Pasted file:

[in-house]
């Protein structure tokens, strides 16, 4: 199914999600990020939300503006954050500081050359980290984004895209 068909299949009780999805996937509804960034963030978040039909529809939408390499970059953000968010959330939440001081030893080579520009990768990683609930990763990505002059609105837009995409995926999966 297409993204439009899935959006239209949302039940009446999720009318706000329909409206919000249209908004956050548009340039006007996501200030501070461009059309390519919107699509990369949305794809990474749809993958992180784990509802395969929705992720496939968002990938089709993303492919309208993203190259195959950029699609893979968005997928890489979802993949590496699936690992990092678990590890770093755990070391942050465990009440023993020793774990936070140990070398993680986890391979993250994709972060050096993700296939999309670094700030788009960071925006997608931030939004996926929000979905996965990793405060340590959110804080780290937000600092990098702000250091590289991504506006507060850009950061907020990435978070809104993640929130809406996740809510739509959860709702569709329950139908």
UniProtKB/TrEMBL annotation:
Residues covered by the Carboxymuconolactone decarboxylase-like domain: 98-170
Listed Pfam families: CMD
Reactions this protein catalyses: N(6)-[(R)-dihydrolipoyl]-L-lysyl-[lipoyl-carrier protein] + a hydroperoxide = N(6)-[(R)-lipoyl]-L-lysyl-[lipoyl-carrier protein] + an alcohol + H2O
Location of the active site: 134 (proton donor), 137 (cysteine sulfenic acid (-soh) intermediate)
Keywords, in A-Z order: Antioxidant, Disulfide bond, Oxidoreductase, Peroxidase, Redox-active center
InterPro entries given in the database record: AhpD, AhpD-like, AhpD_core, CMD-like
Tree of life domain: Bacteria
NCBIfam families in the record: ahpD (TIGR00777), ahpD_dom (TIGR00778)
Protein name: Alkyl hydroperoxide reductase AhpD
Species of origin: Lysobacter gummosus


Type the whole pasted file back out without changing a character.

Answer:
[in-house]
């Protein structure tokens, strides 16, 4: 199914999600990020939300503006954050500081050359980290984004895209 068909299949009780999805996937509804960034963030978040039909529809939408390499970059953000968010959330939440001081030893080579520009990768990683609930990763990505002059609105837009995409995926999966 297409993204439009899935959006239209949302039940009446999720009318706000329909409206919000249209908004956050548009340039006007996501200030501070461009059309390519919107699509990369949305794809990474749809993958992180784990509802395969929705992720496939968002990938089709993303492919309208993203190259195959950029699609893979968005997928890489979802993949590496699936690992990092678990590890770093755990070391942050465990009440023993020793774990936070140990070398993680986890391979993250994709972060050096993700296939999309670094700030788009960071925006997608931030939004996926929000979905996965990793405060340590959110804080780290937000600092990098702000250091590289991504506006507060850009950061907020990435978070809104993640929130809406996740809510739509959860709702569709329950139908």
UniProtKB/TrEMBL annotation:
Residues covered by the Carboxymuconolactone decarboxylase-like domain: 98-170
Listed Pfam families: CMD
Reactions this protein catalyses: N(6)-[(R)-dihydrolipoyl]-L-lysyl-[lipoyl-carrier protein] + a hydroperoxide = N(6)-[(R)-lipoyl]-L-lysyl-[lipoyl-carrier protein] + an alcohol + H2O
Location of the active site: 134 (proton donor), 137 (cysteine sulfenic acid (-soh) intermediate)
Keywords, in A-Z order: Antioxidant, Disulfide bond, Oxidoreductase, Peroxidase, Redox-active center
InterPro entries given in the database record: AhpD, AhpD-like, AhpD_core, CMD-like
Tree of life domain: Bacteria
NCBIfam families in the record: ahpD (TIGR00777), ahpD_dom (TIGR00778)
Protein name: Alkyl hydroperoxide reductase AhpD
Species of origin: Lysobacter gummosus